mjj (flemmings) wrote,

No sun, no moon

O useful Friends' FL. Here is a happy November poem

who are you, little i

(five or six years old)
peering from some high

window; at the gold

of november sunset

(and feeling: that if day
has to become night
this is a beautiful way)

--e.e. cummings

And my own long-ago semi-haiku (there are pedantic arguments why 17 English syllables are much longer than 17 Japanese syllables, one being that by Japanese count November has 4 syllables, but I'll spare you them)

November sun.
My neighbour's garden
is back again

Yesterday back in TO amid the smell of dry fallen leaves and brilliant blue skies. 'Fall is the best time to do anything' someone said in a New York article long ago. Is true.

In November

De ramis cadunt folia, from branches
Leaves are falling; but as the year advances,
Language draws me backward through such leaves
As it accumulates, anthologies
Of Autumn feelings, Latin on Germanic:
Emily saw her summer lightly vanish,
Keats was companion to the languid reaper,
Cold was that time of year that came for Shakespeare.
De ramis cadunt folia, from branches
Leaves are falling; and so the year advances.

--Raymond Oliver

Referencing the 13th century poem

De ramis cadunt folia, Leaves fall from the branches
nam viror totus periit, all green strength perishes
iam calor liquit omnia now warmth leaves the world
et abiit; and flees from it
nam signa coeli ultima for into the last house in the heavens
sol petiit. the sun makes its way

(Amazing the amount of Latin I've forgotten...)

The body is like a November birch facing the full moon
And reaching into the cold heavens.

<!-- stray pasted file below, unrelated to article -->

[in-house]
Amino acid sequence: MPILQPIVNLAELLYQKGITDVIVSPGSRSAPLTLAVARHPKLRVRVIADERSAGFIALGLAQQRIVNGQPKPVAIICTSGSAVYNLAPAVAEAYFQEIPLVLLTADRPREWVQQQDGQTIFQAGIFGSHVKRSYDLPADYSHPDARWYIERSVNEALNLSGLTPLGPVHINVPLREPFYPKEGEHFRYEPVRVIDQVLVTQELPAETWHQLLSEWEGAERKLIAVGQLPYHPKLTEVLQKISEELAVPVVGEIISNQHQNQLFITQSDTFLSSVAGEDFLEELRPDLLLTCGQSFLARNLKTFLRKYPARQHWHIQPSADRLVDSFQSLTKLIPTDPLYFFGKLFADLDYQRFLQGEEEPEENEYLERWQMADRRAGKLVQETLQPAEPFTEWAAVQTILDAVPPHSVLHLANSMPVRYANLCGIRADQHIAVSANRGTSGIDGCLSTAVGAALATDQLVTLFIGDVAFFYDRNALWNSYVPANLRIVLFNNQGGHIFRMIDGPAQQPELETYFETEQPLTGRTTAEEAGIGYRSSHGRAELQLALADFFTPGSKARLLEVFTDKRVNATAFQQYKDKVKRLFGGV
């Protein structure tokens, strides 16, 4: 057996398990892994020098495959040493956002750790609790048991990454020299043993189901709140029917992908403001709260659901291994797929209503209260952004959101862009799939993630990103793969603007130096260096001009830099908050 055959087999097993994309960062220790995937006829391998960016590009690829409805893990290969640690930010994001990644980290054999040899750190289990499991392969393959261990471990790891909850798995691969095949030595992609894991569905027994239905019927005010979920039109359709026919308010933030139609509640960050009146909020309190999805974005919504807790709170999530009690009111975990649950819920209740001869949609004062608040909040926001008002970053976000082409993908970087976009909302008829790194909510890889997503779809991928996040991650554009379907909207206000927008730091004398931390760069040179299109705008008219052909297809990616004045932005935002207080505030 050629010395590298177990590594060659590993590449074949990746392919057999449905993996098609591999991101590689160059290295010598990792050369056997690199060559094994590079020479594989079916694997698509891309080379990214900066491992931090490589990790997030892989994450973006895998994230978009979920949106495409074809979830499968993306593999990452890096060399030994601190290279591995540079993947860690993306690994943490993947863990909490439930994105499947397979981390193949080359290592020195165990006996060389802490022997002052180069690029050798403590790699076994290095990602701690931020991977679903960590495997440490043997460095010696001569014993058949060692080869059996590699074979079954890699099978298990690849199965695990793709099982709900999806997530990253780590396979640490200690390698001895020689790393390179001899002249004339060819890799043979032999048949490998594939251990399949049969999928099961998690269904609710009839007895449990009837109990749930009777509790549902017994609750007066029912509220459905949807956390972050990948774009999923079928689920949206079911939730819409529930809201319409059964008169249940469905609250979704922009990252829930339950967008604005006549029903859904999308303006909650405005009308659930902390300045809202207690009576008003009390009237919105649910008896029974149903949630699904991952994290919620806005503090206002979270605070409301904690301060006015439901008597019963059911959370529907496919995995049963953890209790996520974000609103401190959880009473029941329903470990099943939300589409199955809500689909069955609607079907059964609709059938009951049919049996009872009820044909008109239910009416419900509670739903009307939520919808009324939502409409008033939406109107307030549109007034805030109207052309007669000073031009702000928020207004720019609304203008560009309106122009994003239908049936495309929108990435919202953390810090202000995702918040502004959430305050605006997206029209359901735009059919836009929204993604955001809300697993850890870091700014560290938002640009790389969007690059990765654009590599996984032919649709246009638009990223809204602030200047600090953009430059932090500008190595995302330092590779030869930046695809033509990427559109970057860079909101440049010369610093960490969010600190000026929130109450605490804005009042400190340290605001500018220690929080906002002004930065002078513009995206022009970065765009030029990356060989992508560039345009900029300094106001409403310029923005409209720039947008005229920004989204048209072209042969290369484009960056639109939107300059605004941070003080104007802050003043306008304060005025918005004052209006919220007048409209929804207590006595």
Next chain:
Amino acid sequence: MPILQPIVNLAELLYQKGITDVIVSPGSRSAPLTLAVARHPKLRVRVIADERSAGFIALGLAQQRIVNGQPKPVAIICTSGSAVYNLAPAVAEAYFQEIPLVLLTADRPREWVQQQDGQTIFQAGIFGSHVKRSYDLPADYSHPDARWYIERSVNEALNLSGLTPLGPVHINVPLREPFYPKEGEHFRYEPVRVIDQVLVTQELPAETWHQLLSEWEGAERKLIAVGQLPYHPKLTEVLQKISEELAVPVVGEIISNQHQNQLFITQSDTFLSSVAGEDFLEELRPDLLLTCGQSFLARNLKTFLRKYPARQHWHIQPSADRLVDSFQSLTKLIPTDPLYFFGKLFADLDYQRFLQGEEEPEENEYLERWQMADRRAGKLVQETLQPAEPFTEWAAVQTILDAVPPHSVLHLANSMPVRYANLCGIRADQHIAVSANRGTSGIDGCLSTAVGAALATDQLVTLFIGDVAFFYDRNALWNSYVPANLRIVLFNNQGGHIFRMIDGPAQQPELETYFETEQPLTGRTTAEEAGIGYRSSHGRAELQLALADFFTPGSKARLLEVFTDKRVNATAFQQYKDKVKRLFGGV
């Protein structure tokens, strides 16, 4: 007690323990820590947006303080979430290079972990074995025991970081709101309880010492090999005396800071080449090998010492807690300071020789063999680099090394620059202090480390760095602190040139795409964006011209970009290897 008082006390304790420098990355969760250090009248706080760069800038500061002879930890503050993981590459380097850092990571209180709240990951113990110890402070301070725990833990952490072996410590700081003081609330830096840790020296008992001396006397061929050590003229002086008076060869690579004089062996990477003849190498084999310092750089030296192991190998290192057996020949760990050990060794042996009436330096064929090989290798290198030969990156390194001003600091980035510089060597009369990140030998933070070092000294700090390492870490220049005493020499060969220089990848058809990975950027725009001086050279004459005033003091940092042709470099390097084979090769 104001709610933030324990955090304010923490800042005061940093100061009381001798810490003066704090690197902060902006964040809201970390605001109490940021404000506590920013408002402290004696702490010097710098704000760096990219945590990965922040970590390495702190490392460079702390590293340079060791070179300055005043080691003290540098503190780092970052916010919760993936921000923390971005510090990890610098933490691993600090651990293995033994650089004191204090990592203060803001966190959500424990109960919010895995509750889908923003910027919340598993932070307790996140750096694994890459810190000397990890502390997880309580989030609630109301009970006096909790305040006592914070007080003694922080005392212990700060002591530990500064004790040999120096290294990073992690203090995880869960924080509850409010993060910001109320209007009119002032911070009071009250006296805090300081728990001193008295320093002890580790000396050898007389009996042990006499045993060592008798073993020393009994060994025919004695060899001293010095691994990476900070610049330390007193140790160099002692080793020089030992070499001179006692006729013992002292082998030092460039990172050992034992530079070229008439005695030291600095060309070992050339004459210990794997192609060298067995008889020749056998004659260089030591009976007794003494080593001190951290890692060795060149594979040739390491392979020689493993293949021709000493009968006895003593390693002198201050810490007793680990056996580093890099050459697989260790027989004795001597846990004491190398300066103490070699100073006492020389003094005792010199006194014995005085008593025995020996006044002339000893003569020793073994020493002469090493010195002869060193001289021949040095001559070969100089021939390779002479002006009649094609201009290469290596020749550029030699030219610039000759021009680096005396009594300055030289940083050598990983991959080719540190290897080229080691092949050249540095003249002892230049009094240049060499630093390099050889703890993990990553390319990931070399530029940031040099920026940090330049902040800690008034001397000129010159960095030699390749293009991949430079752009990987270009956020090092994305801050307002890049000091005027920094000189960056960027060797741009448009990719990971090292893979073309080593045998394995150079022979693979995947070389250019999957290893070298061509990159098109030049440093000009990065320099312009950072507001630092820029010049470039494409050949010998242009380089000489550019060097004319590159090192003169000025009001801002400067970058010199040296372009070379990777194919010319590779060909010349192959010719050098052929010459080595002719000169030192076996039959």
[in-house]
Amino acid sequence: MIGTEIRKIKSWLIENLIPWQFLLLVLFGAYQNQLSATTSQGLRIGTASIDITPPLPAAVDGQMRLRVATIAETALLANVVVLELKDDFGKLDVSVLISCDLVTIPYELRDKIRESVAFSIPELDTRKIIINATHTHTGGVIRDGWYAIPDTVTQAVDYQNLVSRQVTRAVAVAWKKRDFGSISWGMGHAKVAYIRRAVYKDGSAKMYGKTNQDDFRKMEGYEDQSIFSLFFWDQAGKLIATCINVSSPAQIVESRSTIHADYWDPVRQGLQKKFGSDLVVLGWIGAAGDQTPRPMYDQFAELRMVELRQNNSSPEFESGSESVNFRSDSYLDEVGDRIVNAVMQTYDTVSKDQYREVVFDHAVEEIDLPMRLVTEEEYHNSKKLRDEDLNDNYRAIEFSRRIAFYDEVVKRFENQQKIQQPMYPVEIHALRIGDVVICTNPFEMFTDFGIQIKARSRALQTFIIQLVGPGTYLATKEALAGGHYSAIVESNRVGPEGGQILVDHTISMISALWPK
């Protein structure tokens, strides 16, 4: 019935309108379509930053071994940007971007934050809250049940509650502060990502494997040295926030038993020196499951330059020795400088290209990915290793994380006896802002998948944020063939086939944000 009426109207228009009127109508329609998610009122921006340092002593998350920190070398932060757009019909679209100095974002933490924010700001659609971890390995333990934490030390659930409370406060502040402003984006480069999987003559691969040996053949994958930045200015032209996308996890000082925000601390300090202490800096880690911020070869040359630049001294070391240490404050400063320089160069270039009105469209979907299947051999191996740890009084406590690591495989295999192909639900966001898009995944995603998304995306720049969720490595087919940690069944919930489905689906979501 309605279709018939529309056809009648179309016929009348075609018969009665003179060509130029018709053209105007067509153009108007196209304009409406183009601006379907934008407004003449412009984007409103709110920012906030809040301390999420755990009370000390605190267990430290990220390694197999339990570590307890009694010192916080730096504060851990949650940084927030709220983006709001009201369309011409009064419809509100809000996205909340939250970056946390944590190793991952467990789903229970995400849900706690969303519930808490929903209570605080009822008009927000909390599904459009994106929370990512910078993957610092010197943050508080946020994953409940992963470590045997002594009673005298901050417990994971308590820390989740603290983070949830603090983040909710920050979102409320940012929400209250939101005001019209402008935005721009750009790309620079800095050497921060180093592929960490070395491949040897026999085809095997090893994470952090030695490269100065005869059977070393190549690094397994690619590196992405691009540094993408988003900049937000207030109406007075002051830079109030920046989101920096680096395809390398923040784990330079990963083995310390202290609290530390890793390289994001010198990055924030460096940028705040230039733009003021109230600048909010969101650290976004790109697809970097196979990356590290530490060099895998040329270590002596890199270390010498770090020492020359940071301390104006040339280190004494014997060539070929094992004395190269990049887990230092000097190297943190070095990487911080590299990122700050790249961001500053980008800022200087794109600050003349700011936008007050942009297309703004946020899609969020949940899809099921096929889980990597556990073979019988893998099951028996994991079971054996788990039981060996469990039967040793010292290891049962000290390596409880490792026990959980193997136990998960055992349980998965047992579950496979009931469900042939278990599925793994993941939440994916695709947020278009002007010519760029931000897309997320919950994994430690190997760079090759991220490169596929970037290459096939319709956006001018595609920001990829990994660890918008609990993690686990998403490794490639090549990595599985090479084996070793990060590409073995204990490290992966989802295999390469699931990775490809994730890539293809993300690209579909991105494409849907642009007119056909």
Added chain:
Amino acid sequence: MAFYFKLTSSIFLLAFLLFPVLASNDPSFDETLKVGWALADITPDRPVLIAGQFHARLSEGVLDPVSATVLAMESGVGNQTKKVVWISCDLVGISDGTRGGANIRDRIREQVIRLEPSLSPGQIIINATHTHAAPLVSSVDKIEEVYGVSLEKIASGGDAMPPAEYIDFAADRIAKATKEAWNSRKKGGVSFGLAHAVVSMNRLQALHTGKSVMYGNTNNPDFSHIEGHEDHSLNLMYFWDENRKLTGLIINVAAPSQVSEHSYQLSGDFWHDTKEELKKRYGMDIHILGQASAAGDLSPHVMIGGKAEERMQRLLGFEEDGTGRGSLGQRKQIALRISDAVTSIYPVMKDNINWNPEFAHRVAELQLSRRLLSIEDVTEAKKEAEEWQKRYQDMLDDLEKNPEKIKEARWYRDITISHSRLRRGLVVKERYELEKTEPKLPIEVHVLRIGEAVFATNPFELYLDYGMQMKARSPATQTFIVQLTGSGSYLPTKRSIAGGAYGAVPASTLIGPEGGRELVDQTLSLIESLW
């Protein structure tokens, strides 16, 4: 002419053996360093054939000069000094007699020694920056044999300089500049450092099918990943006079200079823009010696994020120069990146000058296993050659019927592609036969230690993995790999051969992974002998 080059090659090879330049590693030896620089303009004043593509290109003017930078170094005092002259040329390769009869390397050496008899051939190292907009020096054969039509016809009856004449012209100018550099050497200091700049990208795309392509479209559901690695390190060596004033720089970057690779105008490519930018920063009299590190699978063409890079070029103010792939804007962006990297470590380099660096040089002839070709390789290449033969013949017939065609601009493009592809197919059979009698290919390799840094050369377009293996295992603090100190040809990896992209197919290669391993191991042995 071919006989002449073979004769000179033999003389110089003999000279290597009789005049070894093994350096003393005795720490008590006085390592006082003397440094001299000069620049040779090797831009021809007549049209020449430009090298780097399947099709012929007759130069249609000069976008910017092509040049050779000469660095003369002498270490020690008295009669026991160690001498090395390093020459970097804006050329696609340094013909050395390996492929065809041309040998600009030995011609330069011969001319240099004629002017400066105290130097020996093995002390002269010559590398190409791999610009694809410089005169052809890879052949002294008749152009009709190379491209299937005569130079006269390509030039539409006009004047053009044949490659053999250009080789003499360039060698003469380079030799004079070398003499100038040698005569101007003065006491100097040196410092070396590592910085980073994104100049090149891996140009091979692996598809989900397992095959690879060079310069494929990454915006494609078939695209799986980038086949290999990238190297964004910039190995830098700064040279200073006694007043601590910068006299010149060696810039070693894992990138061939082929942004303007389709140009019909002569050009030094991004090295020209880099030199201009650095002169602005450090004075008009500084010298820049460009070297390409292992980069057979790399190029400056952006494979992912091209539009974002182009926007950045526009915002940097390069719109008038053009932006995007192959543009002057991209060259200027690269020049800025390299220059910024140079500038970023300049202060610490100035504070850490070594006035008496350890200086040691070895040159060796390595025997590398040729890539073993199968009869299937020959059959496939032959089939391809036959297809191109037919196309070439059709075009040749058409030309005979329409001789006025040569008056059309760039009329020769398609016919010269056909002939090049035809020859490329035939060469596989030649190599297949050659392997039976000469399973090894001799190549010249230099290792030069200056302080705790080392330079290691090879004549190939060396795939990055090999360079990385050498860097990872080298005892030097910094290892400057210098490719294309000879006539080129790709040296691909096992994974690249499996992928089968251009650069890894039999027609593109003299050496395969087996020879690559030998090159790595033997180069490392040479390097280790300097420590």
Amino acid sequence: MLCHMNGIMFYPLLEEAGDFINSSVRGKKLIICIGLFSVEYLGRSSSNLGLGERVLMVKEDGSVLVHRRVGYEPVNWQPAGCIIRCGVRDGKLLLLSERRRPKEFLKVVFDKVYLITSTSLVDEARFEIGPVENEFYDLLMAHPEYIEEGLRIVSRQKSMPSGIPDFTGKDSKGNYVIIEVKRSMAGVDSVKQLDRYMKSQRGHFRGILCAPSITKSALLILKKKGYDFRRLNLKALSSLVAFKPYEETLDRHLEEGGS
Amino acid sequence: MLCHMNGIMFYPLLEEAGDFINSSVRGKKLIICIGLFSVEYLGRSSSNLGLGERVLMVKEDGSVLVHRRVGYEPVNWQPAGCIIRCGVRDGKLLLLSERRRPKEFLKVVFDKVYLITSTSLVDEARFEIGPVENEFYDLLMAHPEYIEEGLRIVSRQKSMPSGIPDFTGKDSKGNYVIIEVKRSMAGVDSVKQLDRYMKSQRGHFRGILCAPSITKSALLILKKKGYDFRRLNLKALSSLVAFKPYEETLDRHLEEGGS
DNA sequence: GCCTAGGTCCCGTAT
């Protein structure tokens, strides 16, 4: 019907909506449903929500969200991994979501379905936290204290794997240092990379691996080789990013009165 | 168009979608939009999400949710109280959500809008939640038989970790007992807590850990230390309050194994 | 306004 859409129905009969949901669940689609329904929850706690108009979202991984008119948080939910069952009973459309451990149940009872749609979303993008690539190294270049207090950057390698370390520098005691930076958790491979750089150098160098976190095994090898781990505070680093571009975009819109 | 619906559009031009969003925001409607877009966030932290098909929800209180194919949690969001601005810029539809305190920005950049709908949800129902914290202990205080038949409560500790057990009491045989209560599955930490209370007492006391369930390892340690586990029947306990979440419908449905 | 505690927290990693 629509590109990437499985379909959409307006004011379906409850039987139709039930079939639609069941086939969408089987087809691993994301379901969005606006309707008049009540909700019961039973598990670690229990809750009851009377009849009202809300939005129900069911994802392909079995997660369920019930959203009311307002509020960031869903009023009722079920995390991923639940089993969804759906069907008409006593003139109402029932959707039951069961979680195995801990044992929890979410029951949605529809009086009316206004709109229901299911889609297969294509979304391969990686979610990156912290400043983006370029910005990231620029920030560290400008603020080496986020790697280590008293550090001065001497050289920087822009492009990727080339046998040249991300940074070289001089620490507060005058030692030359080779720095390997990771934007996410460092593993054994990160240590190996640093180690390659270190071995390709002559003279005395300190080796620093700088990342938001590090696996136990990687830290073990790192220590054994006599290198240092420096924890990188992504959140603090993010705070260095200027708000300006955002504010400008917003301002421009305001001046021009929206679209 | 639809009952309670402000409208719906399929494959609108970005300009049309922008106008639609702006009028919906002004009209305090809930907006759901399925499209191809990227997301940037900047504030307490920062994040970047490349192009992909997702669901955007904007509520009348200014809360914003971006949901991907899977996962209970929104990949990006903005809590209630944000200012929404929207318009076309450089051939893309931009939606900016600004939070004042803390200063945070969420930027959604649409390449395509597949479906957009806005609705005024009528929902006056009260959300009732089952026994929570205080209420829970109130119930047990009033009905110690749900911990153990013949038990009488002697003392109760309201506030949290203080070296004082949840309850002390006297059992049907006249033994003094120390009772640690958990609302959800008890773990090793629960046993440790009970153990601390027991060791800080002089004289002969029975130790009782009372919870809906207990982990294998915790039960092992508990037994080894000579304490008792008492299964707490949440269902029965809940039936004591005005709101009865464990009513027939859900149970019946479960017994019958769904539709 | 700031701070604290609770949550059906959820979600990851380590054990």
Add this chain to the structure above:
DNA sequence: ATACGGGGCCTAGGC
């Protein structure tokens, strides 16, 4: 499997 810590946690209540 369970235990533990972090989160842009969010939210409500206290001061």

In these trees there is no ambition, no sodden body, no leaves,
Nothing but bare trunks climbing like cold fire!

My last walk in the trees has come. At dawn
I must return to the trapped fields,
To the obedient earth.
The trees shall be reaching all the winter.

It is a joy to walk in the bare woods.
The moonlight is not broken by the heavy leaves.
The leaves are down, and touching the soaked earth,
Giving off the odors that partridges love.

-Robert Bly, Solitude Late at Night in the Woods

Dunno if this is an autumn poem (picking chrysanthemums?) but I like it anyway:

Drinking Wine

I built my cottage among the habitations of men,
And yet there is no clamor of carriages and horses.
You ask: "Sir, how can this be done?"
"A heart that is distant creates its own solitude."
I pluck chrysanthemums under the eastern hedge,
Then gaze afar towards the southern hills.
The mountain air is fresh at the dusk of day;
The flying birds in flocks return.
In these things there lies a deep meaning;
I want to tell it, but have forgotten the words.

--Tao Yuan Ming (Tao Chien)

Shall leave you with Emily Dickinson:
"November always seemed to me the Norway of the year."

Yup. Deep blue skies with the stars very near, and the energy that cold gives you.
Tags: verse

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